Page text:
Income tax progressivity and war inflation during the two World Wars

Research output: Working paper

Abstract

Top marginal rates in income taxes increased significantly during the two World Wars in most Western countries, which points towards increases in their progressivity. We argue, however, that this war-related effect is less clear-cut than previously thought: wartime inflation could have exerted a counteracting impact by pushing citizens into higher tax brackets, including new individuals from the bottom of the income distribution into being taxpayers, and reducing the real value of allowances. We study the impact of wartime inflation by calculating tax revenue, the number of taxpayers, effective tax rates and indices of tax progressivity and redistribution under different inflation scenarios in Sweden, the United Kingdom, and the United States, during World War I and World War II. Our results show that inflation partially counteracted the progressive effect of increases in top marginal tax rates, particularly in Sweden during World War I and in the United Kingdom during World War II. However, the growth in income tax revenue as a result of bracket creep increased its redistributive impact.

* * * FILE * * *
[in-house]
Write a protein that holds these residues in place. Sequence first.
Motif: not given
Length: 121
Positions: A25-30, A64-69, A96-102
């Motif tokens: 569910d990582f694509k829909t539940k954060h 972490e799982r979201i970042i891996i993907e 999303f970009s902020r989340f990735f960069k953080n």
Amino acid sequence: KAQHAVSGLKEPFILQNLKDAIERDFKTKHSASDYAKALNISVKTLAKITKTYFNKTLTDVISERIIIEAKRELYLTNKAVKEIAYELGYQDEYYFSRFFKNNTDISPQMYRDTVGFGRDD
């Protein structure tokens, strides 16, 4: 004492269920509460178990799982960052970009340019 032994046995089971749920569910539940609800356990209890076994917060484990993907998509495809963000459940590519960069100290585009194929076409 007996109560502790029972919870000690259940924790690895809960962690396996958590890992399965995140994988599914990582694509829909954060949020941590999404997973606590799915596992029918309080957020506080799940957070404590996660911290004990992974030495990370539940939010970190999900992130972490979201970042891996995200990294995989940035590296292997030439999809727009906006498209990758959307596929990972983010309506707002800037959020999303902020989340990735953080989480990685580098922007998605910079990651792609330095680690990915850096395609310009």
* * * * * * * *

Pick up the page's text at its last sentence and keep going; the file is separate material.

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Authors
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Research areas and keywords

Subject classification (UKÄ) – MANDATORY

  • Political Science
  • Economic History

Keywords

  • Taxation, Fiscal Redistribution, World Wars, Bracket Creep, Progressivity, Income tax
Original languageEnglish
Place of PublicationLund
PublisherLund University
Pages1-34
Number of pages34
Publication statusPublished - 2019 Mar
Publication categoryResearch

Publication series

NameSTANCE Working Papers Series
No.1
Volume2019

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